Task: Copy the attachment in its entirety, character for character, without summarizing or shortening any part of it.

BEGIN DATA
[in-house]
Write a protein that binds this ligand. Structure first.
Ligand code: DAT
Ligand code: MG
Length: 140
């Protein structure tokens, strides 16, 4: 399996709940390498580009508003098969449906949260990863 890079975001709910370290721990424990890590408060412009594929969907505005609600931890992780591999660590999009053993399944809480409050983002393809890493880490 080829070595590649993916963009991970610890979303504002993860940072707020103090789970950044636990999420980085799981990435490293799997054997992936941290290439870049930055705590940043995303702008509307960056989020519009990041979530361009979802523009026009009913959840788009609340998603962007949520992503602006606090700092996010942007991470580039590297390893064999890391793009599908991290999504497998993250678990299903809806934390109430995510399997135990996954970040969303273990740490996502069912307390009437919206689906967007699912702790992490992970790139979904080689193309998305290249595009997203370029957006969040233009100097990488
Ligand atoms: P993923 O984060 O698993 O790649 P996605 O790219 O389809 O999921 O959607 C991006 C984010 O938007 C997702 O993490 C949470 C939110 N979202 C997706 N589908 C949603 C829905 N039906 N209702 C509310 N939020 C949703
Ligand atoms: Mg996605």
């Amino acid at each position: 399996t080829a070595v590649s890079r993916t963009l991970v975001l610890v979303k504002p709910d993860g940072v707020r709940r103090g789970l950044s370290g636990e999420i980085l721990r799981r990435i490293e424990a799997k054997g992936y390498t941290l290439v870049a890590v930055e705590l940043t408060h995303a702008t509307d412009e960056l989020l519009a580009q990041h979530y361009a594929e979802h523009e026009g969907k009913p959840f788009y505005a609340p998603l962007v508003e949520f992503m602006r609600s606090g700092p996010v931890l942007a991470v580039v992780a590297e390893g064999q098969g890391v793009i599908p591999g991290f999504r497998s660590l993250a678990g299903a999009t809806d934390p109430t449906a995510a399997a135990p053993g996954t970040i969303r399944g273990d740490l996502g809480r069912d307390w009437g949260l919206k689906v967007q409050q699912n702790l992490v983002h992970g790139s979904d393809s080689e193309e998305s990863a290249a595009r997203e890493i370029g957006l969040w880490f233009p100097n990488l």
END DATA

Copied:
[in-house]
Write a protein that binds this ligand. Structure first.
Ligand code: DAT
Ligand code: MG
Length: 140
């Protein structure tokens, strides 16, 4: 399996709940390498580009508003098969449906949260990863 890079975001709910370290721990424990890590408060412009594929969907505005609600931890992780591999660590999009053993399944809480409050983002393809890493880490 080829070595590649993916963009991970610890979303504002993860940072707020103090789970950044636990999420980085799981990435490293799997054997992936941290290439870049930055705590940043995303702008509307960056989020519009990041979530361009979802523009026009009913959840788009609340998603962007949520992503602006606090700092996010942007991470580039590297390893064999890391793009599908991290999504497998993250678990299903809806934390109430995510399997135990996954970040969303273990740490996502069912307390009437919206689906967007699912702790992490992970790139979904080689193309998305290249595009997203370029957006969040233009100097990488
Ligand atoms: P993923 O984060 O698993 O790649 P996605 O790219 O389809 O999921 O959607 C991006 C984010 O938007 C997702 O993490 C949470 C939110 N979202 C997706 N589908 C949603 C829905 N039906 N209702 C509310 N939020 C949703
Ligand atoms: Mg996605």
């Amino acid at each position: 399996t080829a070595v590649s890079r993916t963009l991970v975001l610890v979303k504002p709910d993860g940072v707020r709940r103090g789970l950044s370290g636990e999420i980085l721990r799981r990435i490293e424990a799997k054997g992936y390498t941290l290439v870049a890590v930055e705590l940043t408060h995303a702008t509307d412009e960056l989020l519009a580009q990041h979530y361009a594929e979802h523009e026009g969907k009913p959840f788009y505005a609340p998603l962007v508003e949520f992503m602006r609600s606090g700092p996010v931890l942007a991470v580039v992780a590297e390893g064999q098969g890391v793009i599908p591999g991290f999504r497998s660590l993250a678990g299903a999009t809806d934390p109430t449906a995510a399997a135990p053993g996954t970040i969303r399944g273990d740490l996502g809480r069912d307390w009437g949260l919206k689906v967007q409050q699912n702790l992490v983002h992970g790139s979904d393809s080689e193309e998305s990863a290249a595009r997203e890493i370029g957006l969040w880490f233009p100097n990488l």